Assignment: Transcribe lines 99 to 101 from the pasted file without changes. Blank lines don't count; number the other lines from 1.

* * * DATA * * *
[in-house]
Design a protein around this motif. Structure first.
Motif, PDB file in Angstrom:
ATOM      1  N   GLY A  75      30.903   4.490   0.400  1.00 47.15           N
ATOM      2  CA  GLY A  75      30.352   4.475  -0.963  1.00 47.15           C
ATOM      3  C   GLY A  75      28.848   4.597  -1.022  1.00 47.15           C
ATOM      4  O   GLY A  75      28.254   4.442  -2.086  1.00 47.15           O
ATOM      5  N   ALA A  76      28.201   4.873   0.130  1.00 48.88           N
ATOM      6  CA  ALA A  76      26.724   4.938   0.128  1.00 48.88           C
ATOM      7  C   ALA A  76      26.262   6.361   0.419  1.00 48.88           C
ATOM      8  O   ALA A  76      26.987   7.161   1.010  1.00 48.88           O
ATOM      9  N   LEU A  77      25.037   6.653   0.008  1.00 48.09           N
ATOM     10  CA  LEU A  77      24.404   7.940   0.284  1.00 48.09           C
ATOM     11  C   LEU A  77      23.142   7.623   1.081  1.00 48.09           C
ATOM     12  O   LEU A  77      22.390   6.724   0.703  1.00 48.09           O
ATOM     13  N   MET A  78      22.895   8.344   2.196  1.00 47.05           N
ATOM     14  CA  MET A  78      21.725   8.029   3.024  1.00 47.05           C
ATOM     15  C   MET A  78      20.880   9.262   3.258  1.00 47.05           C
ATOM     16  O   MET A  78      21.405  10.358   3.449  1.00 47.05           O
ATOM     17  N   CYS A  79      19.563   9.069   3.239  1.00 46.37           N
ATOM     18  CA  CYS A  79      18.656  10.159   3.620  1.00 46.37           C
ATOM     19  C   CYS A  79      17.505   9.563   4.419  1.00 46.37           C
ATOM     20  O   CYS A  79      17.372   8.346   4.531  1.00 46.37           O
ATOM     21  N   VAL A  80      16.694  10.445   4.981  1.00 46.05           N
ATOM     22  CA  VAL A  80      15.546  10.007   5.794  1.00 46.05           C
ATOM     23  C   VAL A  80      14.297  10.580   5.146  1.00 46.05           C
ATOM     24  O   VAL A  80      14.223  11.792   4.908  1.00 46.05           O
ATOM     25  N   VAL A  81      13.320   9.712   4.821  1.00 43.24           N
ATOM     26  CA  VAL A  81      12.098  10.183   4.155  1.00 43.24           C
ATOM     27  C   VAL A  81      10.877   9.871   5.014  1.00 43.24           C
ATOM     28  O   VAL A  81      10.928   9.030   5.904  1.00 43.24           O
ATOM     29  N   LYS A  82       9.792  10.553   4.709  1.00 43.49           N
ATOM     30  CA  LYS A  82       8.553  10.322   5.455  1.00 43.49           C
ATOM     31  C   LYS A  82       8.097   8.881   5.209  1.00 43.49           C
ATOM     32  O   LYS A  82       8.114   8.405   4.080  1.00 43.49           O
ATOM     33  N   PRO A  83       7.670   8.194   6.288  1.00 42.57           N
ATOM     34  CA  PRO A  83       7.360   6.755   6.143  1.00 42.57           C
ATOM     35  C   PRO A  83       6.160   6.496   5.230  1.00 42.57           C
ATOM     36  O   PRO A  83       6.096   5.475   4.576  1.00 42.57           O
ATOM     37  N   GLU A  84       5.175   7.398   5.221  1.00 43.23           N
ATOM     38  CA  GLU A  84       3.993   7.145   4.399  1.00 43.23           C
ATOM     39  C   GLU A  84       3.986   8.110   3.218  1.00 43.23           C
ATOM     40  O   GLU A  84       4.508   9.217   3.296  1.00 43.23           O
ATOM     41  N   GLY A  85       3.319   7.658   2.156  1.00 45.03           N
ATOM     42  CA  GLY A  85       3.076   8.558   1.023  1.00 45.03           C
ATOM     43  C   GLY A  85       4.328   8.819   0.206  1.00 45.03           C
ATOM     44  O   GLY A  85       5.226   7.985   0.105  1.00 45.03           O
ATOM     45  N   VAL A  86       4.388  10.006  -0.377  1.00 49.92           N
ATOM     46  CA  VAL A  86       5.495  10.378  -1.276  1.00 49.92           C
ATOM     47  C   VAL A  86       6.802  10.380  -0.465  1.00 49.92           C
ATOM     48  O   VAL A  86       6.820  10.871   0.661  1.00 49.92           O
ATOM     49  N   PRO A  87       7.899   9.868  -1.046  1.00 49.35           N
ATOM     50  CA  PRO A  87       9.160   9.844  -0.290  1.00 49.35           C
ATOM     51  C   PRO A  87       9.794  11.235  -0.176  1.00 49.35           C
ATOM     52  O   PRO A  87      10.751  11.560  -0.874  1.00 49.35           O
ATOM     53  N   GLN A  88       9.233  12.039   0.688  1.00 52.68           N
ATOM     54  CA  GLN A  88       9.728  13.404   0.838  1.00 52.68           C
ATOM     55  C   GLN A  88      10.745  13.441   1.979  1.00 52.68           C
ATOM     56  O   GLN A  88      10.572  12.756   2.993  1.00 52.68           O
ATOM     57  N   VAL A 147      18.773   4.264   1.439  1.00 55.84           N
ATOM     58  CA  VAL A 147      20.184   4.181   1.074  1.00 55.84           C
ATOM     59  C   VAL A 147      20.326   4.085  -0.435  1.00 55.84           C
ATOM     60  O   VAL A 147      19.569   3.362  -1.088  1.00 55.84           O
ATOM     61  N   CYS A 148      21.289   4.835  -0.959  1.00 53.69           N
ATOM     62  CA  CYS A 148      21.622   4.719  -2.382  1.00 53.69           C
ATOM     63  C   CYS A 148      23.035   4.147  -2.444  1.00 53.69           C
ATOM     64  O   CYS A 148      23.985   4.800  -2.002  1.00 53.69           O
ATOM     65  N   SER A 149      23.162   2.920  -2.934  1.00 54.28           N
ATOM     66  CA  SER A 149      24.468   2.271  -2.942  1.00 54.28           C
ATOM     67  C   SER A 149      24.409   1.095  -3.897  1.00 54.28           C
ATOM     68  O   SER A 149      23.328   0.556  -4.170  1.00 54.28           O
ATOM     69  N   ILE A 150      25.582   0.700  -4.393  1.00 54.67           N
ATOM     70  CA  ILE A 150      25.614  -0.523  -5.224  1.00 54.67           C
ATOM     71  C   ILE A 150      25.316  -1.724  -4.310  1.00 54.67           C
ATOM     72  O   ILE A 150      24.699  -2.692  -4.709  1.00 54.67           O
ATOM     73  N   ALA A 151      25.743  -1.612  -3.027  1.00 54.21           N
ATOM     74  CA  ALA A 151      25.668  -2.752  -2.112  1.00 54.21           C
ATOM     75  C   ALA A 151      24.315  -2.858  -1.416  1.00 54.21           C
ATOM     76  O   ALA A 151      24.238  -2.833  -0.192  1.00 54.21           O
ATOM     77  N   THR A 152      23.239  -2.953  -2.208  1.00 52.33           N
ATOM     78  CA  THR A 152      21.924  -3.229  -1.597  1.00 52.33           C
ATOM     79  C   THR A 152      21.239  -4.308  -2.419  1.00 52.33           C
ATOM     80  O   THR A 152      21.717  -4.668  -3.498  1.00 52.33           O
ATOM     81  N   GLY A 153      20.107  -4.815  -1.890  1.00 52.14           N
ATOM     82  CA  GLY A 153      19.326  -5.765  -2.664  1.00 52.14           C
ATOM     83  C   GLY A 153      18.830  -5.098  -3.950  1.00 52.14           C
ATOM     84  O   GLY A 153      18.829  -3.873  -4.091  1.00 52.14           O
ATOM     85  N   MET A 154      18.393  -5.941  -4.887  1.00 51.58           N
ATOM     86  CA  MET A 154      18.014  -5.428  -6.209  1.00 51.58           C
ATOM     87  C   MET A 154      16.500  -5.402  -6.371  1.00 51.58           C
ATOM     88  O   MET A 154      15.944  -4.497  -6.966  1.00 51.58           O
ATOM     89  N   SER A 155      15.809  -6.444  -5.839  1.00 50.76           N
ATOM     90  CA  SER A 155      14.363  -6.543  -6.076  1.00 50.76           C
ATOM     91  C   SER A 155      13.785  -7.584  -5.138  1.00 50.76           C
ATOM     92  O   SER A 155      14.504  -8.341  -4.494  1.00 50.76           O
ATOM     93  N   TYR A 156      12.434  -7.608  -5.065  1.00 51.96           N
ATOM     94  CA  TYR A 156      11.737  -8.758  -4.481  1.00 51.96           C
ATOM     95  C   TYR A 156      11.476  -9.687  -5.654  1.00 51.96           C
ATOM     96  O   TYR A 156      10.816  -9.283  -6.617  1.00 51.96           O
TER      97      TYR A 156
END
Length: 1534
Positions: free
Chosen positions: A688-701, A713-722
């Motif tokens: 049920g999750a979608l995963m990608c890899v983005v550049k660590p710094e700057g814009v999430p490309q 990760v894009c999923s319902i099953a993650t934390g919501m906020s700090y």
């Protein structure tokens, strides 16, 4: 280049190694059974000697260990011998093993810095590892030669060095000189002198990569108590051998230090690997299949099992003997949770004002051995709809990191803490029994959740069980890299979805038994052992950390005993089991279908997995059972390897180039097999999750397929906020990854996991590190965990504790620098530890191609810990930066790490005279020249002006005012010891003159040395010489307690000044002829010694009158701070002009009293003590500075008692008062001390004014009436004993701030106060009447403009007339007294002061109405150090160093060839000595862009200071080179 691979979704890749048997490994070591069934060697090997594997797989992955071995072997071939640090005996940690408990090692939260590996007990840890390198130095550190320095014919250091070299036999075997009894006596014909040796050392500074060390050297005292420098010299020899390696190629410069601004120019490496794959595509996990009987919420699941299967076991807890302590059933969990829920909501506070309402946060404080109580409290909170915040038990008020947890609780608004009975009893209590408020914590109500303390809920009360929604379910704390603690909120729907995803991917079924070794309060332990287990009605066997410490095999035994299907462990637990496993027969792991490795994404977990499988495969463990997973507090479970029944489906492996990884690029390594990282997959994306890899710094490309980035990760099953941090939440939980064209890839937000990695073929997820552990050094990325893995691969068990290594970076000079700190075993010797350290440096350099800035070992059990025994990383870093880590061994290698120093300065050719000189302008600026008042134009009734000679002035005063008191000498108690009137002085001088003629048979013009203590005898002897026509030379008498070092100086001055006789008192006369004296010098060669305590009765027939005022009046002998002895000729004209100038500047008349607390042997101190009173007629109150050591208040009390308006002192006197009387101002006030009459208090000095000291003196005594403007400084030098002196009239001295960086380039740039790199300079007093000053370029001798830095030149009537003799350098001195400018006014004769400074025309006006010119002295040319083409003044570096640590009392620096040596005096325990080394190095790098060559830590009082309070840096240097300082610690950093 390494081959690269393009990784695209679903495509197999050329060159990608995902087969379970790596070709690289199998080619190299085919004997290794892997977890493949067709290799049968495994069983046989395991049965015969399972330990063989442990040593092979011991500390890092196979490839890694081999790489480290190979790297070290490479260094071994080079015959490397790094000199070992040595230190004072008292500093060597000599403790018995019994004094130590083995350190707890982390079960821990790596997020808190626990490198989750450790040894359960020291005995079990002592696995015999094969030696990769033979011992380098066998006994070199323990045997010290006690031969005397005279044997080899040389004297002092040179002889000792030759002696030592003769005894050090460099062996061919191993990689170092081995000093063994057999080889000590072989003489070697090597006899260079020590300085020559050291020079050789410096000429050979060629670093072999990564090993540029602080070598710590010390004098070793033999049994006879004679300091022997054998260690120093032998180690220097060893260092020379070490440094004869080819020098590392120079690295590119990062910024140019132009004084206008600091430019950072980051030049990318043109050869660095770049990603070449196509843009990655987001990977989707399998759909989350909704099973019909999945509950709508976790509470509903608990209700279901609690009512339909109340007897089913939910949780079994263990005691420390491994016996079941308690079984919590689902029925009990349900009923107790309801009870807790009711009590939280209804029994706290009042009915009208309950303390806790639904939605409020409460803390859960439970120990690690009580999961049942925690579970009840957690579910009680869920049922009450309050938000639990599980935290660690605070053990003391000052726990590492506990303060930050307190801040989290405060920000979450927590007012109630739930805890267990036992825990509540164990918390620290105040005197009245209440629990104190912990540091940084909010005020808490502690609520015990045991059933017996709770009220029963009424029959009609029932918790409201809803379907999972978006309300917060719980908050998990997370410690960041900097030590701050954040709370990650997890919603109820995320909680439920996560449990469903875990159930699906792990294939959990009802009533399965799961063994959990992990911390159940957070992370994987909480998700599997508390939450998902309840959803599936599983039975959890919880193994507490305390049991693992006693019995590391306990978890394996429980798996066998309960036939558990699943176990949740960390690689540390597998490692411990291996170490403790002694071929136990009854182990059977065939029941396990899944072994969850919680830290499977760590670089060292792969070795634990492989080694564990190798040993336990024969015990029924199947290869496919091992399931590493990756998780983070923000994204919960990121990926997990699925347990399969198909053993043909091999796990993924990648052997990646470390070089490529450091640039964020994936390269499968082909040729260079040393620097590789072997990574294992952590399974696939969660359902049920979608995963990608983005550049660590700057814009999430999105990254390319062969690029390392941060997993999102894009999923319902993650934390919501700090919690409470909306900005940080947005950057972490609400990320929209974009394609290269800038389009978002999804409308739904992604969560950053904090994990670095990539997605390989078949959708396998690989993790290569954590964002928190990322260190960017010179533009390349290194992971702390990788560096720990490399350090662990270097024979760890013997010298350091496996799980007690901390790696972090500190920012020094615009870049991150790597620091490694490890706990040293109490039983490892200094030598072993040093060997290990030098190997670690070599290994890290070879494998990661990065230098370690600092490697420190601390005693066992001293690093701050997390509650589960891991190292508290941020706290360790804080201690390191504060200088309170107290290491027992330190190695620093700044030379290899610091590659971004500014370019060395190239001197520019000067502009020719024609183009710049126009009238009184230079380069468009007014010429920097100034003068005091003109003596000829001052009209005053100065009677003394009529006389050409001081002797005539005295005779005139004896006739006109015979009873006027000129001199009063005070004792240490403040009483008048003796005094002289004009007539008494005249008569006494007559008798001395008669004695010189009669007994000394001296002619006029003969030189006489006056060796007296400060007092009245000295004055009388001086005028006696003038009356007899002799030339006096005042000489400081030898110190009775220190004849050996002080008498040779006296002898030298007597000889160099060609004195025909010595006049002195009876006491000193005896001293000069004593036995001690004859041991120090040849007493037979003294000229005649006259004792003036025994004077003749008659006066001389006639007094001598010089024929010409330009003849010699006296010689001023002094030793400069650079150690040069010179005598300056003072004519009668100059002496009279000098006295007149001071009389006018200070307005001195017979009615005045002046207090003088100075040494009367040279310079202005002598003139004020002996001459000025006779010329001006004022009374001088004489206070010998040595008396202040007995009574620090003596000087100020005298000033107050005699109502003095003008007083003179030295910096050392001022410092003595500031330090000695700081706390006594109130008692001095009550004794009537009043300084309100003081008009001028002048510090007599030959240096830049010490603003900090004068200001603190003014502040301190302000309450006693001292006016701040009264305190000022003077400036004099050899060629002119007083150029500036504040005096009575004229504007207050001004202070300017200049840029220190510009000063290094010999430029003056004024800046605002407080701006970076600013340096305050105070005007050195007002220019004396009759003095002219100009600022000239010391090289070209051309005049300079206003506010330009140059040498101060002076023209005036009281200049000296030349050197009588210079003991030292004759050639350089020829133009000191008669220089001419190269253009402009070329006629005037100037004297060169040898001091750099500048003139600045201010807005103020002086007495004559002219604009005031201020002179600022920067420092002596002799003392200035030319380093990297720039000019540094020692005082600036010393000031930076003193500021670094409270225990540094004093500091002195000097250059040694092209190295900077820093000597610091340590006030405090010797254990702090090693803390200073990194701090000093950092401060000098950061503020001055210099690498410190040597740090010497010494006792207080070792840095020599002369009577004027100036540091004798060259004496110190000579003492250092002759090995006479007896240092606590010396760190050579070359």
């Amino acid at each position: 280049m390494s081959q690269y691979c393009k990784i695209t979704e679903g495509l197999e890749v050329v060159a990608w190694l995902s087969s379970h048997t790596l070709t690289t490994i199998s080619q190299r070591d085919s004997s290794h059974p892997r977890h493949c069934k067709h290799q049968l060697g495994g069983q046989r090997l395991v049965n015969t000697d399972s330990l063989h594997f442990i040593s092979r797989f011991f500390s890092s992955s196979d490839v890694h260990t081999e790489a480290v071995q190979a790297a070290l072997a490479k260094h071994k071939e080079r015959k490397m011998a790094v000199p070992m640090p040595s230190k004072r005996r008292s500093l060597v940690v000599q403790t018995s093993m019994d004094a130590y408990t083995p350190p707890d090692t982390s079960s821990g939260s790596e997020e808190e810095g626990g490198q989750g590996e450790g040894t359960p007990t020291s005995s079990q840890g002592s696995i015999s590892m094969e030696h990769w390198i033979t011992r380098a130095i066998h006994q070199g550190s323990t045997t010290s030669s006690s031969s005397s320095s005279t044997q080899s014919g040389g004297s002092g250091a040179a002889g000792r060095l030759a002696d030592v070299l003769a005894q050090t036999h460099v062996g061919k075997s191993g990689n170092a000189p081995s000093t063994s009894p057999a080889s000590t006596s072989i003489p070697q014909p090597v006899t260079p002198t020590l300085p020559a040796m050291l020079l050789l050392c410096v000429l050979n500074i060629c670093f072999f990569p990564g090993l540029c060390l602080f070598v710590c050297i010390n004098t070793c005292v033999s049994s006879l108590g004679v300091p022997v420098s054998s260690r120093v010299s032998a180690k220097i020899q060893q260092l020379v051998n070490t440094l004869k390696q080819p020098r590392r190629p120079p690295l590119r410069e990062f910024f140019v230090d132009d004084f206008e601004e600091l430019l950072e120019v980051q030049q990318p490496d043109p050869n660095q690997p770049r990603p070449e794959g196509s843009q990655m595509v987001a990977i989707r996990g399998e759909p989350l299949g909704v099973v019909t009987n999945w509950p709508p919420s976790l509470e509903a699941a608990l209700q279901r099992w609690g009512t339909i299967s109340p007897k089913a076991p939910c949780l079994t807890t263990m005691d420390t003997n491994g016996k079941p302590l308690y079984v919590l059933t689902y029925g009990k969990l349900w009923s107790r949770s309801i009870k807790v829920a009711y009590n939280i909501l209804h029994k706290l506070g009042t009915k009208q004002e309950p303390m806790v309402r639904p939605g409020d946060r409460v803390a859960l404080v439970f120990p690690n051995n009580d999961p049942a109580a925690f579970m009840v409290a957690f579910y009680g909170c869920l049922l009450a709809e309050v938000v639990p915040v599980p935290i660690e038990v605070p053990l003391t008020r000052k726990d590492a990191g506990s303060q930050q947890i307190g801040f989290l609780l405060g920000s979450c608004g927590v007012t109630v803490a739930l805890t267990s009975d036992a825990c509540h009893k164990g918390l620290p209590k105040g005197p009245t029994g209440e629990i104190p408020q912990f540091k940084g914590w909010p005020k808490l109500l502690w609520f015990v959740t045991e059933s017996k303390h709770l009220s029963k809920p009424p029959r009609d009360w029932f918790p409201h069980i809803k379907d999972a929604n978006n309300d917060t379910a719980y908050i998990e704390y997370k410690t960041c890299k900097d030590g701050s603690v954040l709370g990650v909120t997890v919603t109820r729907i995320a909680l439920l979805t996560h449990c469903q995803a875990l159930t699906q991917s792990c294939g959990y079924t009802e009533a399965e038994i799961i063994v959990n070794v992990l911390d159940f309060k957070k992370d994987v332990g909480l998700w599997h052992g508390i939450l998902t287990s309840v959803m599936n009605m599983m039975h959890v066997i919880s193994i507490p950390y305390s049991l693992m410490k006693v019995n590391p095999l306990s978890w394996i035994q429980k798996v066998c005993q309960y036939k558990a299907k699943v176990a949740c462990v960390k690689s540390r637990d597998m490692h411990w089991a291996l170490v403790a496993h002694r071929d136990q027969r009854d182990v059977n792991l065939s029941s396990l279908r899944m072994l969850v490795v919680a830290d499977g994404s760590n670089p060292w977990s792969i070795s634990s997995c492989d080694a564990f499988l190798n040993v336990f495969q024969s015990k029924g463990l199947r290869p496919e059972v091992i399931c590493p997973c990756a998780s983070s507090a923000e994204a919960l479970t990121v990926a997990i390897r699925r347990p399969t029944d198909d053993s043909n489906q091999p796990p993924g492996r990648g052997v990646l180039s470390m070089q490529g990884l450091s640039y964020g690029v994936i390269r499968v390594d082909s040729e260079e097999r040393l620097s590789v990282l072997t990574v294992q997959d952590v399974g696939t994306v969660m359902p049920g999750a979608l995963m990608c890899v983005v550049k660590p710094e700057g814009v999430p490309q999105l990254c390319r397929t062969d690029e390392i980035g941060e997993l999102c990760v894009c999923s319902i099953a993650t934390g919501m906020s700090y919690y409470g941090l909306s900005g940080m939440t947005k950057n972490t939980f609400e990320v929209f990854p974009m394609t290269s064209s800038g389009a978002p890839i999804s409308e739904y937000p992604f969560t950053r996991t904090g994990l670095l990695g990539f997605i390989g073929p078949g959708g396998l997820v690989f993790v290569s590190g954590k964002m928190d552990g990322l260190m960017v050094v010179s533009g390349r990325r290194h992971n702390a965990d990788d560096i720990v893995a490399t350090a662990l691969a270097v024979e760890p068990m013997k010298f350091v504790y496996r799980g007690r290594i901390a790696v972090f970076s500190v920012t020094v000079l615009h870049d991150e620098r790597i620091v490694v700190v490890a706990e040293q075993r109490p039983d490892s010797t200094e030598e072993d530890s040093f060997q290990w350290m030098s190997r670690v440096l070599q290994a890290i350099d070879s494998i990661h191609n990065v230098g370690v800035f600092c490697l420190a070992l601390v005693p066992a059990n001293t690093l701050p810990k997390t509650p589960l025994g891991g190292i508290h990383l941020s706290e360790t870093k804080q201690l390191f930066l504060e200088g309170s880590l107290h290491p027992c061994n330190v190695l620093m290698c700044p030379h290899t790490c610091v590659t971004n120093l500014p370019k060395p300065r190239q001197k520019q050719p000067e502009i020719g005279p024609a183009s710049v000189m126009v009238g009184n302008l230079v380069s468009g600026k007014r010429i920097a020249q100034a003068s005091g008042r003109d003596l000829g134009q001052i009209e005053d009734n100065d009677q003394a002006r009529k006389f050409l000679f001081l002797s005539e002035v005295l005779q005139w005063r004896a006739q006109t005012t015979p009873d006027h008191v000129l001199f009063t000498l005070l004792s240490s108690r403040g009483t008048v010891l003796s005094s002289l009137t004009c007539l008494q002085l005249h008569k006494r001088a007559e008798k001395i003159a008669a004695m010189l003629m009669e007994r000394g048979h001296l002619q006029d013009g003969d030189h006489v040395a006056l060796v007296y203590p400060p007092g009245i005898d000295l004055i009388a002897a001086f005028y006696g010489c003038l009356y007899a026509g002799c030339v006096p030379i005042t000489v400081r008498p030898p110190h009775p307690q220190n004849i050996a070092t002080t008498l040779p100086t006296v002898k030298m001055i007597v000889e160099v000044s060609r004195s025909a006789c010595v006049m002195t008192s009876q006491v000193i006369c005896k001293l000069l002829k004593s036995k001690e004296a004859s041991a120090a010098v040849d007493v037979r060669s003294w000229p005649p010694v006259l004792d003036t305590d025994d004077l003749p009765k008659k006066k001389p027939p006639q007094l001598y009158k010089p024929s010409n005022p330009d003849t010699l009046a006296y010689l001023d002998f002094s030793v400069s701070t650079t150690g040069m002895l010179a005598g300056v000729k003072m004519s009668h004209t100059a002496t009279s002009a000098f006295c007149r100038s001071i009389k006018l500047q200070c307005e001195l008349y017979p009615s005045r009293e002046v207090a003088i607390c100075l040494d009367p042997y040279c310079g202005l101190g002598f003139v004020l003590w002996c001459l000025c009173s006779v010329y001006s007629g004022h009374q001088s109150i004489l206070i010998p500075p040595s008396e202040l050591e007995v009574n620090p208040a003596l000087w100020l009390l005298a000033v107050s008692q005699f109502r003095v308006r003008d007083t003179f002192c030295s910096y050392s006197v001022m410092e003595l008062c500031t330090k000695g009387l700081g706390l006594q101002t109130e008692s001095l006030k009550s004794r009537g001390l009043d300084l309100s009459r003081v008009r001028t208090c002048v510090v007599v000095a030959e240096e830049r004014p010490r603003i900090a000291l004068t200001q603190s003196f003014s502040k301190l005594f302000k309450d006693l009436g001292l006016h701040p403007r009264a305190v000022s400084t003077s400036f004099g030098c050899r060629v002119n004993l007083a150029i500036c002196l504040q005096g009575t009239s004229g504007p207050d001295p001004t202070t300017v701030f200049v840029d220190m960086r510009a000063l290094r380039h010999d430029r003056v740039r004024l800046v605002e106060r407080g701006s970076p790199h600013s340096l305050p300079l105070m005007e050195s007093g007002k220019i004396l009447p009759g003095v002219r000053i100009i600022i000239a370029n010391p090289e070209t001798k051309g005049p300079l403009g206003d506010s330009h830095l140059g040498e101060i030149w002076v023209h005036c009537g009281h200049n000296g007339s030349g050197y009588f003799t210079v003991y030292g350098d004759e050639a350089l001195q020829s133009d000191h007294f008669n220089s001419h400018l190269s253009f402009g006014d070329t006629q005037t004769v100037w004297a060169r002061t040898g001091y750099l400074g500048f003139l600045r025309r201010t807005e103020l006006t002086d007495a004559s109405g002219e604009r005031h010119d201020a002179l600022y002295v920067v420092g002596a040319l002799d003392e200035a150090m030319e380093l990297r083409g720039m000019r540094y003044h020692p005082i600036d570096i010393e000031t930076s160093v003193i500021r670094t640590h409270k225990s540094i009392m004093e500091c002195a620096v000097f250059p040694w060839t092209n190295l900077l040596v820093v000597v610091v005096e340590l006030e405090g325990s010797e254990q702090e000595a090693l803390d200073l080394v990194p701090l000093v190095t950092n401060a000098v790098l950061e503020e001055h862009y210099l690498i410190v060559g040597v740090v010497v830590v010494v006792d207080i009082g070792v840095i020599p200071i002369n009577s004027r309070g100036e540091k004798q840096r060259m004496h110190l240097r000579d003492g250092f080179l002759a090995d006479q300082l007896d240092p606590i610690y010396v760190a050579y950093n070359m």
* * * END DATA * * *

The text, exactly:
ATOM     96  O   TYR A 156      10.816  -9.283  -6.617  1.00 51.96           O
TER      97      TYR A 156
END